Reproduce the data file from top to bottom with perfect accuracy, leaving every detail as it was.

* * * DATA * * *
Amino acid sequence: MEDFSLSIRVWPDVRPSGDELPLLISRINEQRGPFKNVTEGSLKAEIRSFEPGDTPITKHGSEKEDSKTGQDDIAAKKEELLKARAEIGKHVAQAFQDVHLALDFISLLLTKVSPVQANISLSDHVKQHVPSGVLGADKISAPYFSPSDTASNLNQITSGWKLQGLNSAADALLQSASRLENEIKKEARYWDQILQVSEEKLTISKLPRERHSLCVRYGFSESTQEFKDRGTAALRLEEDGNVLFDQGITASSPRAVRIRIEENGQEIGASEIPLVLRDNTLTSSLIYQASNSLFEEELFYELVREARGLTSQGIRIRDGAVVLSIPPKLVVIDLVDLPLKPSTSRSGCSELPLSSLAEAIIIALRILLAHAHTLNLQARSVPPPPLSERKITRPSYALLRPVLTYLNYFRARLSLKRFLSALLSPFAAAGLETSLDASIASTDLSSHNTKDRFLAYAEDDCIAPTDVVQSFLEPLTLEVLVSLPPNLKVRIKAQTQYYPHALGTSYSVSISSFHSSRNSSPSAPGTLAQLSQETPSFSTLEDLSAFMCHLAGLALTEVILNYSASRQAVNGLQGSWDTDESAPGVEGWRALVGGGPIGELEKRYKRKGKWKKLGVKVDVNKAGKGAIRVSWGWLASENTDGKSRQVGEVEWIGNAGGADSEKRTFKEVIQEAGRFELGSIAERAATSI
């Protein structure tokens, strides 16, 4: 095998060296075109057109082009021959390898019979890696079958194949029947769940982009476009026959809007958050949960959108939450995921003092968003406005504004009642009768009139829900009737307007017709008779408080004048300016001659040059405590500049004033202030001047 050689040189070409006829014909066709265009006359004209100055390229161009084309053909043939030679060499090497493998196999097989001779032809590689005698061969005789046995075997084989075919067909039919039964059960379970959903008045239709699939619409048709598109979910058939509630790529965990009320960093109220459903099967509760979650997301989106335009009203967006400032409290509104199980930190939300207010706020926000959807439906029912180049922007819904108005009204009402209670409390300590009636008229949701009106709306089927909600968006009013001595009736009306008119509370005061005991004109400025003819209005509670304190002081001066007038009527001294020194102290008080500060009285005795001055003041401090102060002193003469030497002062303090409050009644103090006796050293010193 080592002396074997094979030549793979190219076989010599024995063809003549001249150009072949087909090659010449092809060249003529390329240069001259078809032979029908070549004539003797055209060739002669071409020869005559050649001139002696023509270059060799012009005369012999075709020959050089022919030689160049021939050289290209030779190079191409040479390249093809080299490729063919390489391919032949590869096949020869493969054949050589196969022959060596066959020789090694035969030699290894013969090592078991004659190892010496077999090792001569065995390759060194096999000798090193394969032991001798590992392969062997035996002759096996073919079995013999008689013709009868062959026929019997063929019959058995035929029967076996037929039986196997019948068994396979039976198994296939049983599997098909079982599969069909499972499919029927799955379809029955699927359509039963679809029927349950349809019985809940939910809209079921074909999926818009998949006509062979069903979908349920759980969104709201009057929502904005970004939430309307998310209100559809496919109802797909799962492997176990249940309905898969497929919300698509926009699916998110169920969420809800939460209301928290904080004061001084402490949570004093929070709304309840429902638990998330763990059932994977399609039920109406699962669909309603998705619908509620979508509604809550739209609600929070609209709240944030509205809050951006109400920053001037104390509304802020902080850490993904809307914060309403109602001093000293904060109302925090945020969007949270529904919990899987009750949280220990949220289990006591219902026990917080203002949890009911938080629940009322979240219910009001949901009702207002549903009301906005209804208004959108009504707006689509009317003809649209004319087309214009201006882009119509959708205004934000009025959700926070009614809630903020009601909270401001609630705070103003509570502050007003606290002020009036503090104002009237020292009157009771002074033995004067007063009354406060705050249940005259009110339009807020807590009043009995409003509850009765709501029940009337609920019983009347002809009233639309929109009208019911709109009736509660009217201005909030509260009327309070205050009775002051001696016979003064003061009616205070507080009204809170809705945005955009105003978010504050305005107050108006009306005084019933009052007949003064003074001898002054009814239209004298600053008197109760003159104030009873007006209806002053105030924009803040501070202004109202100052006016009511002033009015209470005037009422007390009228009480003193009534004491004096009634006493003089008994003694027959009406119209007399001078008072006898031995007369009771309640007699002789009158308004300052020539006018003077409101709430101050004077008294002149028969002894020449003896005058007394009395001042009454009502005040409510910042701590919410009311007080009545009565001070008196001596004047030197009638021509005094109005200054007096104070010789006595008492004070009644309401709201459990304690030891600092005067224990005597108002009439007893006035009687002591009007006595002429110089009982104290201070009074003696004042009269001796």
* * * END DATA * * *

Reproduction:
Amino acid sequence: MEDFSLSIRVWPDVRPSGDELPLLISRINEQRGPFKNVTEGSLKAEIRSFEPGDTPITKHGSEKEDSKTGQDDIAAKKEELLKARAEIGKHVAQAFQDVHLALDFISLLLTKVSPVQANISLSDHVKQHVPSGVLGADKISAPYFSPSDTASNLNQITSGWKLQGLNSAADALLQSASRLENEIKKEARYWDQILQVSEEKLTISKLPRERHSLCVRYGFSESTQEFKDRGTAALRLEEDGNVLFDQGITASSPRAVRIRIEENGQEIGASEIPLVLRDNTLTSSLIYQASNSLFEEELFYELVREARGLTSQGIRIRDGAVVLSIPPKLVVIDLVDLPLKPSTSRSGCSELPLSSLAEAIIIALRILLAHAHTLNLQARSVPPPPLSERKITRPSYALLRPVLTYLNYFRARLSLKRFLSALLSPFAAAGLETSLDASIASTDLSSHNTKDRFLAYAEDDCIAPTDVVQSFLEPLTLEVLVSLPPNLKVRIKAQTQYYPHALGTSYSVSISSFHSSRNSSPSAPGTLAQLSQETPSFSTLEDLSAFMCHLAGLALTEVILNYSASRQAVNGLQGSWDTDESAPGVEGWRALVGGGPIGELEKRYKRKGKWKKLGVKVDVNKAGKGAIRVSWGWLASENTDGKSRQVGEVEWIGNAGGADSEKRTFKEVIQEAGRFELGSIAERAATSI
């Protein structure tokens, strides 16, 4: 095998060296075109057109082009021959390898019979890696079958194949029947769940982009476009026959809007958050949960959108939450995921003092968003406005504004009642009768009139829900009737307007017709008779408080004048300016001659040059405590500049004033202030001047 050689040189070409006829014909066709265009006359004209100055390229161009084309053909043939030679060499090497493998196999097989001779032809590689005698061969005789046995075997084989075919067909039919039964059960379970959903008045239709699939619409048709598109979910058939509630790529965990009320960093109220459903099967509760979650997301989106335009009203967006400032409290509104199980930190939300207010706020926000959807439906029912180049922007819904108005009204009402209670409390300590009636008229949701009106709306089927909600968006009013001595009736009306008119509370005061005991004109400025003819209005509670304190002081001066007038009527001294020194102290008080500060009285005795001055003041401090102060002193003469030497002062303090409050009644103090006796050293010193 080592002396074997094979030549793979190219076989010599024995063809003549001249150009072949087909090659010449092809060249003529390329240069001259078809032979029908070549004539003797055209060739002669071409020869005559050649001139002696023509270059060799012009005369012999075709020959050089022919030689160049021939050289290209030779190079191409040479390249093809080299490729063919390489391919032949590869096949020869493969054949050589196969022959060596066959020789090694035969030699290894013969090592078991004659190892010496077999090792001569065995390759060194096999000798090193394969032991001798590992392969062997035996002759096996073919079995013999008689013709009868062959026929019997063929019959058995035929029967076996037929039986196997019948068994396979039976198994296939049983599997098909079982599969069909499972499919029927799955379809029955699927359509039963679809029927349950349809019985809940939910809209079921074909999926818009998949006509062979069903979908349920759980969104709201009057929502904005970004939430309307998310209100559809496919109802797909799962492997176990249940309905898969497929919300698509926009699916998110169920969420809800939460209301928290904080004061001084402490949570004093929070709304309840429902638990998330763990059932994977399609039920109406699962669909309603998705619908509620979508509604809550739209609600929070609209709240944030509205809050951006109400920053001037104390509304802020902080850490993904809307914060309403109602001093000293904060109302925090945020969007949270529904919990899987009750949280220990949220289990006591219902026990917080203002949890009911938080629940009322979240219910009001949901009702207002549903009301906005209804208004959108009504707006689509009317003809649209004319087309214009201006882009119509959708205004934000009025959700926070009614809630903020009601909270401001609630705070103003509570502050007003606290002020009036503090104002009237020292009157009771002074033995004067007063009354406060705050249940005259009110339009807020807590009043009995409003509850009765709501029940009337609920019983009347002809009233639309929109009208019911709109009736509660009217201005909030509260009327309070205050009775002051001696016979003064003061009616205070507080009204809170809705945005955009105003978010504050305005107050108006009306005084019933009052007949003064003074001898002054009814239209004298600053008197109760003159104030009873007006209806002053105030924009803040501070202004109202100052006016009511002033009015209470005037009422007390009228009480003193009534004491004096009634006493003089008994003694027959009406119209007399001078008072006898031995007369009771309640007699002789009158308004300052020539006018003077409101709430101050004077008294002149028969002894020449003896005058007394009395001042009454009502005040409510910042701590919410009311007080009545009565001070008196001596004047030197009638021509005094109005200054007096104070010789006595008492004070009644309401709201459990304690030891600092005067224990005597108002009439007893006035009687002591009007006595002429110089009982104290201070009074003696004042009269001796």